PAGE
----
The Food Standards Agency (FSA) is setting out its plans to encourage all remaining local authorities in England and Northern Ireland to adopt the Food Hygiene Rating Scheme (FHRS).
The plans are for:
- A new 'priorities fund' to cover the costs that local authorities may face after adopting the scheme from unexpectedly high levels of re-visit requests from food businesses. This is in addition to the existing grant funding programme for pre-launch work.
- A partnership between the FSA and Transparency Data - the company currently running the scoresonthedoors.org.uk website - to enhance the FHRS IT platform and facilitate the integration of data from the two schemes.
- An 'FHRS pledge' for food businesses that have outlets across the country to give their support to the FHRS.
The FHRS helps people choose where to eat out or shop for food, by giving them information about the hygiene standards in restaurants, pubs, cafés, takeaways, hotels, and so on. Supermarkets and other food shops are also included in the scheme.
There are 163 local authorities already up and running with the FHRS, and many others are preparing to launch it. But discussions with local authorities over the past 18 months have revealed the reasons why some are not yet committed to the Agency's scheme. These include concerns about potential costs, particularly for re-visits, the IT system used for displaying the ratings, or simply a desire to remain with well-established local schemes.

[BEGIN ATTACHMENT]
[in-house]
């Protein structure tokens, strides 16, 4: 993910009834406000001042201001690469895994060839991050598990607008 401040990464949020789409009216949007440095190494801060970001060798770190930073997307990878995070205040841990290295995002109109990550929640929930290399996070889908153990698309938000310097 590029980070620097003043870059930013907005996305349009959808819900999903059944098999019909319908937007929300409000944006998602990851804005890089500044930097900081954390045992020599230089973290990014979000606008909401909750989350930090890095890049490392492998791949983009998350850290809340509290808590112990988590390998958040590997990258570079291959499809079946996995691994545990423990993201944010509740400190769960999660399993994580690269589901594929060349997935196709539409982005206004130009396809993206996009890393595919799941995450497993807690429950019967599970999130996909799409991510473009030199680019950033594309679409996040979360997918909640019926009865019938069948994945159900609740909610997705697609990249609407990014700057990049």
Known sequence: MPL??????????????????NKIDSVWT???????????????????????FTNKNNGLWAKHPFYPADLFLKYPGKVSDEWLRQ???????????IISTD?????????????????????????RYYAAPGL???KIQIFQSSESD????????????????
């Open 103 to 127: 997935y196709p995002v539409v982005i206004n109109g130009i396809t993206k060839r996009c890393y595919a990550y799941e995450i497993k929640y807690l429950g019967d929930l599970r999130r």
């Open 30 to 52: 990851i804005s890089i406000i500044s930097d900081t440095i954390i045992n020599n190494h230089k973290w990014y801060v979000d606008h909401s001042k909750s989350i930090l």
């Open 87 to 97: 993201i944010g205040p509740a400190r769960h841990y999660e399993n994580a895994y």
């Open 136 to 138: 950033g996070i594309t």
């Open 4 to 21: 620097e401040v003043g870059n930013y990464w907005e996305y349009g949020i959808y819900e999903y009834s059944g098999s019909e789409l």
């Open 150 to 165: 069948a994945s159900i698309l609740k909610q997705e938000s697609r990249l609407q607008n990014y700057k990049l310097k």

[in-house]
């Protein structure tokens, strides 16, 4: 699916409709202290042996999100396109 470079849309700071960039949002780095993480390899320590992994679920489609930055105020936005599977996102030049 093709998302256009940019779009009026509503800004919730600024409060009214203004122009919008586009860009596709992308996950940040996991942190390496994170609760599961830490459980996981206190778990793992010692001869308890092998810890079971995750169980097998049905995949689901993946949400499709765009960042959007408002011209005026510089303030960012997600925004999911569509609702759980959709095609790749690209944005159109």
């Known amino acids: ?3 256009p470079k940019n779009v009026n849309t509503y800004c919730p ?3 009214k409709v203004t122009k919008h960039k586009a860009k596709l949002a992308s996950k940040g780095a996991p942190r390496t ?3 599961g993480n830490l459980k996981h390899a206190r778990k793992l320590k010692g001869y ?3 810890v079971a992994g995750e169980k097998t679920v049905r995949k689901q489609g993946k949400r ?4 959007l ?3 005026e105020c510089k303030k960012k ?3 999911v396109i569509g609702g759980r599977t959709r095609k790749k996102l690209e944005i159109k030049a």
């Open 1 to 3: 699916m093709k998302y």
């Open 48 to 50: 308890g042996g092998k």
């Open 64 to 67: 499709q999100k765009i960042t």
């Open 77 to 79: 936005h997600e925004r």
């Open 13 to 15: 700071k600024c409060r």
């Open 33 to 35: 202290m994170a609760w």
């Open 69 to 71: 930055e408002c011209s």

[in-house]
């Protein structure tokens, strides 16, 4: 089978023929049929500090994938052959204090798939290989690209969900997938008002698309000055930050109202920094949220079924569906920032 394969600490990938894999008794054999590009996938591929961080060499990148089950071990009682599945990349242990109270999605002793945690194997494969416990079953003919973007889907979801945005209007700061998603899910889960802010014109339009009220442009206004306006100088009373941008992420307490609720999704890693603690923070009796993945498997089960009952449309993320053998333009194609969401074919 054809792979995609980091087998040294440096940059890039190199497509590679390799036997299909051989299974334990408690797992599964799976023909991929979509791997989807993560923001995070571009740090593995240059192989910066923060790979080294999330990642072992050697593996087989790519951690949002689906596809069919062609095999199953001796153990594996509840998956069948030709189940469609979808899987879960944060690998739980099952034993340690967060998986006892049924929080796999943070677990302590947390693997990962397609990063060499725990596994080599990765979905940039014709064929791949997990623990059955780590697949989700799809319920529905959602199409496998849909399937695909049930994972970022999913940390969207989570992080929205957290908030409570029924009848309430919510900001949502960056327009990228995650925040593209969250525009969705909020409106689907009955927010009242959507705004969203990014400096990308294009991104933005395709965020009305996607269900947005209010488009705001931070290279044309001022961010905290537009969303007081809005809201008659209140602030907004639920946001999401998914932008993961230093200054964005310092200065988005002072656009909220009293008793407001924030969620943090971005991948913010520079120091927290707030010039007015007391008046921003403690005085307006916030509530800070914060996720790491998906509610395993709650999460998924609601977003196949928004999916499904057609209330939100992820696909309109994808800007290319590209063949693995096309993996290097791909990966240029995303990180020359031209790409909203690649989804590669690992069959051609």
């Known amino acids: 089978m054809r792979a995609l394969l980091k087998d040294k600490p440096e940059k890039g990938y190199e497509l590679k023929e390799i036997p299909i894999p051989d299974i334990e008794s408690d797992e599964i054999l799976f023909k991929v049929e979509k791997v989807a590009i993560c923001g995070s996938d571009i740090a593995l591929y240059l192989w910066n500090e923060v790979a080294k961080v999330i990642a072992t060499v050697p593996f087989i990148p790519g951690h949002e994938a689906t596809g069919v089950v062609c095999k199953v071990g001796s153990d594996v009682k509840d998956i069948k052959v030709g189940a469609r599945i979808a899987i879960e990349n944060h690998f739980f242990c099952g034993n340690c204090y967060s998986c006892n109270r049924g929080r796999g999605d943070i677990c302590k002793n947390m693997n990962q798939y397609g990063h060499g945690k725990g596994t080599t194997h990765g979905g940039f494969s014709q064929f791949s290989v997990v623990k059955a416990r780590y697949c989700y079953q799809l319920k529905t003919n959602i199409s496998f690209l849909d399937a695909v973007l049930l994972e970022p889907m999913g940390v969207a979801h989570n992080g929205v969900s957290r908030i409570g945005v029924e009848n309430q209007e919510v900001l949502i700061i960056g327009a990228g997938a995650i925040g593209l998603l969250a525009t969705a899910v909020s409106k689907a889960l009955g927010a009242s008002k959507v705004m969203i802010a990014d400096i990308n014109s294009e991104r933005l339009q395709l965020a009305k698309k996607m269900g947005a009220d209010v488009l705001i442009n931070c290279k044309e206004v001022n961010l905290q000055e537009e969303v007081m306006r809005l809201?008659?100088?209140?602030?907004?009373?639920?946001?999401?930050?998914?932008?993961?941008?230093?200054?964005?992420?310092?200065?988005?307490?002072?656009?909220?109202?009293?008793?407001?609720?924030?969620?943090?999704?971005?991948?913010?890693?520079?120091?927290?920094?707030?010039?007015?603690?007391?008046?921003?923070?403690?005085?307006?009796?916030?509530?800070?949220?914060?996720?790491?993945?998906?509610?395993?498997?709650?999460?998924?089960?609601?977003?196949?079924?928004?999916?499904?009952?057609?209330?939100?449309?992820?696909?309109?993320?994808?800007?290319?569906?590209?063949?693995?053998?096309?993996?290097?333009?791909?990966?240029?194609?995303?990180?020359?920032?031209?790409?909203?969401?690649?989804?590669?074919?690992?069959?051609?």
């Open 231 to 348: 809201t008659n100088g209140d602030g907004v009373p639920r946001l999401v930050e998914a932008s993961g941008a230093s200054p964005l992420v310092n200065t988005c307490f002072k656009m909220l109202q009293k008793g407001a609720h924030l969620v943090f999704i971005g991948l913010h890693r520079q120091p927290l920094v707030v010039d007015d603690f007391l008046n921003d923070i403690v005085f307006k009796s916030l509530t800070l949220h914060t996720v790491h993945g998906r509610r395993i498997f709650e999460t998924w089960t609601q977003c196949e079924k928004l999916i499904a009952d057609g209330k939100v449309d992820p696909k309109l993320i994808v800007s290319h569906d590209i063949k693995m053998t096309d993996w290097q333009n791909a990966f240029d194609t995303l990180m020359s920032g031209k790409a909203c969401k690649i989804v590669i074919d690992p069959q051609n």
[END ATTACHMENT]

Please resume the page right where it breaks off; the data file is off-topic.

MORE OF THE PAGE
The measures announced today aim to address the concerns of the local authorities that have not yet signed up to the FHRS, and encourage them to adopt the scheme voluntarily and ahead of the Olympics next year.
In addition to the FHRS, there is another similar scheme currently in operation, known as 'scores on the doors'. Transparency Data publishes hygiene scores for the 125 local authorities who use the Scores on the Doors scheme.
The FSA has reached agreement with Transparency Data to acquire the existing Scores on the Doors contracts and software and to work with the firm to encourage remaining local authorities to transfer to the FHRS. The agreement will enable the Agency to move towards publishing ratings in a single format for thousands more businesses across England, Wales and Northern Ireland.
All local authorities in Wales are now running the FHRS. A different scheme, with similar aims, is being rolled out by local authorities in Scotland.
Source: Food Standards Agency (FSA)